I had actually been taking a class each semester anyway, so for me it was more of a decision to just go full time, eat the loans and be done with it. You are right, but like any job, it's about setting yourself apart and being able to be that. I for sure don't look at the degree as a free job button. From the day I turns about 12 (starting with a paper route) up until I lost my job in 08 at 28, I had never been without a job for more then about two weeks. that's why the concept of being unable to find work for 4 months (and in the last three years I haven't been able to find a non school related part-time job either, although in fairness I also haven't pounded the pavement day in and out like I did before coming back)
  • LegoFanTexasLegoFanTexas TexasMember Posts: 8,409

    I hold no resentment towards them as long as they don't ship it like Walmart.

    Amen to that... there is just no excuse for that nonsense... From a small reseller, much less the largest retail company on Earth...
    Pitfall69
  • Pitfall69Pitfall69 0 miles to Legoboy's houseMember Posts: 11,444
    @pvancil27

    I feel for you brother. I lost my job in 2001. While I was on unemployment, I studied to get my personal trainer certification. I was presented an opportunity to buy a salon a few months later and cashed in my 401k to put a down payment on it and finance the rest. I bought it September 1st and 10 days later the World Trade Center was attacked and I thought the end was near. Since I have owned the shop I paid for 2 employees education so they could work at my salon and I am now doing the same right now for another. I try to do my best to help people in need.
  • AmberylAmberyl Member Posts: 193
    pvancil27 said:

    The difference between Wal-Mart and you is when WM buys from a distributor, it does not remove product from the marketplace. For example Wal Mart doesn't buy every Lego set Lego makes freezing out other companies and then turn around and offer to sell those to those companies for a mark up. In turn when a reseller buys everything it does remove it from the marketplace (if only temporarily.)

    Actually, that's not true. The reseller may be buying out the stock at a particular store, but it's not making things generally unavailable. Moreover, the big-box stores sometimes do make things generally unavailable -- for instance, TRU's Exclusives with Lego do indeed freeze out other companies from carrying the sets. This is arguably bad for the marketplace, especially with TRU's mark-ups, but again, it's just business -- it makes sense for TRU and it makes sense for Lego, and frankly if consumers didn't like it, it would stop, since the whole point is to get consumers to buy their Lego at TRU.

    As I said earlier in the thread, everyone has to decide their balance between social and economic good. It's one of the reasons that sometimes company founders like to keep their successful company private -- because once you're public you're legally obligated to maximize shareholder profits, but when you're private you can decide how you want to balance your priorities.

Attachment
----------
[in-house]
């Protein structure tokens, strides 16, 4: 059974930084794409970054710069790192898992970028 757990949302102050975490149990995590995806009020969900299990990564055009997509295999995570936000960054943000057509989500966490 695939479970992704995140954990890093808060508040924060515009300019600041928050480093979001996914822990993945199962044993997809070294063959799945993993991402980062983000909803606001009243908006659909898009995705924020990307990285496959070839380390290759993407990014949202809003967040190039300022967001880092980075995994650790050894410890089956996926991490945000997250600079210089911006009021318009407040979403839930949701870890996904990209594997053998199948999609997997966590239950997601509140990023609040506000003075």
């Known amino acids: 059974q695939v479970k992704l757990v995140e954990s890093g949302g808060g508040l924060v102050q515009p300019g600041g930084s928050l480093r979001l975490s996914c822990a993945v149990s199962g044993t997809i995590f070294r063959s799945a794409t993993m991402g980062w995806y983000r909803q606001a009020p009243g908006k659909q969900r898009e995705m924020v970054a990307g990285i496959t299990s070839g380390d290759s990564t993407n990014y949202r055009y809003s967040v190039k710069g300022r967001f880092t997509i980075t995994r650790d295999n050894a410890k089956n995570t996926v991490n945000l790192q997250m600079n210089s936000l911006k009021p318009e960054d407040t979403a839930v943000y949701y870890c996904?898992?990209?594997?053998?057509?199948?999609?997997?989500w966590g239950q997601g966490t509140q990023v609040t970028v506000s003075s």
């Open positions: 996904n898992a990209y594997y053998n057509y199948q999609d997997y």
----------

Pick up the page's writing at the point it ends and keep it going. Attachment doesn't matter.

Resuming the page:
The prices you see for after-markets sets aren't the fault of the resellers. Fundamentally, the real value of a set is pretty much set by what the set auctions for on eBay. The set is worth what bidders are willing to pay, and if that's 75% RRP, 2x RRP, or 10x RRP, then that's it. Resellers who price their goods too high will find that they won't sell. No reseller is likely to sell for so substantially below the eBay price that it will simply be opportunistically bought and flipped on eBay. You're looking at real market values, set by what real consumers are willing to pay.

  • Pitfall69Pitfall69 0 miles to Legoboy's houseMember Posts: 11,444
    Are @LegoFanTexas and @Amberyl the same person?
  • pvancil27pvancil27 Member Posts: 588
    Amberyl said:

    No reseller is likely to sell for so substantially below the eBay price that it will simply be opportunistically bought and flipped on eBay. You're looking at real market values, set by what real consumers are willing to pay.

    And this is one reason why having resellers within a collector roll as well becomes problematic. I have always said if I ever found a Cafe Corner for liek 50 bucks i'd turn around and offer it up to someone here for that same price, because I dont collect modulars personally. And predictable LFT said he;d buy it for that price, but the truth is I'd never sell it to him for that price, because I just have zero faith that it wouldnt be bought just to be resold for a higher price. Look at most of the good deals on these boards that get offered (publicly) at least and it;s usually a reseller buying it up. I mean fair marks on them for being fast I guess but when I see that (and others I'd assume) it just makes you not want to offer a deal. Thats one of the reasons I dont understand the community as a whole so openly embracing the reseller mentality, and frankly its one that Is rare in collectables. Go to other forums for Star Wars, Hot Wheels, wrestling Figures ect ect and dealers are tolerated but not embraced as something great for the community.